Hello everybody, I've been thinking for a while now about walking the Route of Santiago de Compostela from my city, Toulouse.
I've never done anything that challenging, I'm only 19 y.o, but I am in good physical shape, love walking, and even speak enough Spanish.
So I'd like to know if anyone here has already done it, and to ask for any advice concerning...well pretty much everything. Which season would be best, should I book rooms for the nights between my walks or is it possible to camp most of the time, what kind of equipment I'd need...
Also I'll add even if it looks easy on a map I know walking more than 1000km isn't a piece of cake, I'm not thinking about it like I think about a casual hiking day. So yeah I'm inexperienced and as such i'll take any advice but I'm not blind to the risks.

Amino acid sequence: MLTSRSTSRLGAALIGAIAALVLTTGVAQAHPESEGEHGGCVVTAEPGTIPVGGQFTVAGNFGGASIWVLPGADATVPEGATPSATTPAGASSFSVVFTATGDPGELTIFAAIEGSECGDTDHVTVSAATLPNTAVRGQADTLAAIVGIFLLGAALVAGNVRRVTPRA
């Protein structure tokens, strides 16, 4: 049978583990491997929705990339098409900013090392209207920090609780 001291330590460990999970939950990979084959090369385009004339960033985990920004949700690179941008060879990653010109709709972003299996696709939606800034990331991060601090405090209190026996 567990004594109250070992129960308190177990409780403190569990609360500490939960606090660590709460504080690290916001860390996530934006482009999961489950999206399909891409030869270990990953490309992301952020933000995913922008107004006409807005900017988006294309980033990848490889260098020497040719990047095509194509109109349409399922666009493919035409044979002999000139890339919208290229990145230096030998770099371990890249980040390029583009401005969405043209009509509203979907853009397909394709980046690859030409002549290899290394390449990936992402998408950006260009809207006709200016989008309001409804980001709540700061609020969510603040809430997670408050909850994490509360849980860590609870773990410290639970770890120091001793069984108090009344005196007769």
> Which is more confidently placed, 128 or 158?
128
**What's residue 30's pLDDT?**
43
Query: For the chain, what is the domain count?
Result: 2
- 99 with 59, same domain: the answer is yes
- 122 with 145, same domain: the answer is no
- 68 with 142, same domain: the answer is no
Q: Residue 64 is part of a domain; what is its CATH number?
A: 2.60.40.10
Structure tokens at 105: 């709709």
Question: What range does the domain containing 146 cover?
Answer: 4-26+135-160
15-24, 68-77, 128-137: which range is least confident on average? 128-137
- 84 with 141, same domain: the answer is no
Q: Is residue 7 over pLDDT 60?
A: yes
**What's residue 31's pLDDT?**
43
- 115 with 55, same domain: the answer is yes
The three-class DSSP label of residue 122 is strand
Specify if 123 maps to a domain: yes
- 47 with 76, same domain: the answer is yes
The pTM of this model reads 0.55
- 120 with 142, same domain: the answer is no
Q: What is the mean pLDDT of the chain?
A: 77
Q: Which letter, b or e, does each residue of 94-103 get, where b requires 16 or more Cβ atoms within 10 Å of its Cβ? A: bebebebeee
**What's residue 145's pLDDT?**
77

It's not even a religious thing btw I've just been thinking about a long trip like this by myself for a while and this looks perfect (History, I can start from my home, landscapes seem interesting, and I've never been in those parts of Spain)
Thanks, I'll check the thread regularly
Hi there, personally I haven't done it myself.
That said I know there's a lot of different accomodation along the way, camping at a site with showers is about 8-10€ a night, where hostels and bunkbeds are likely to be around 15-20€ per night.
Sleeping in the woods are great from late april throughout summer, you would just need a sleeping bag that can dry quickly, then if it rain a little or there is a heavy dew you just dry it in the sun around noon.
Travelling outdoors in France and Spain is nice from the end of april until late october in my oppinion. For this season a tent is unnecessary unless you like the privacy.
Thanks for the answer
I was thinking about maybe leaving in May, in order to be right between the chills of the end of winter and before the heat of summer. Also spring is beautiful so...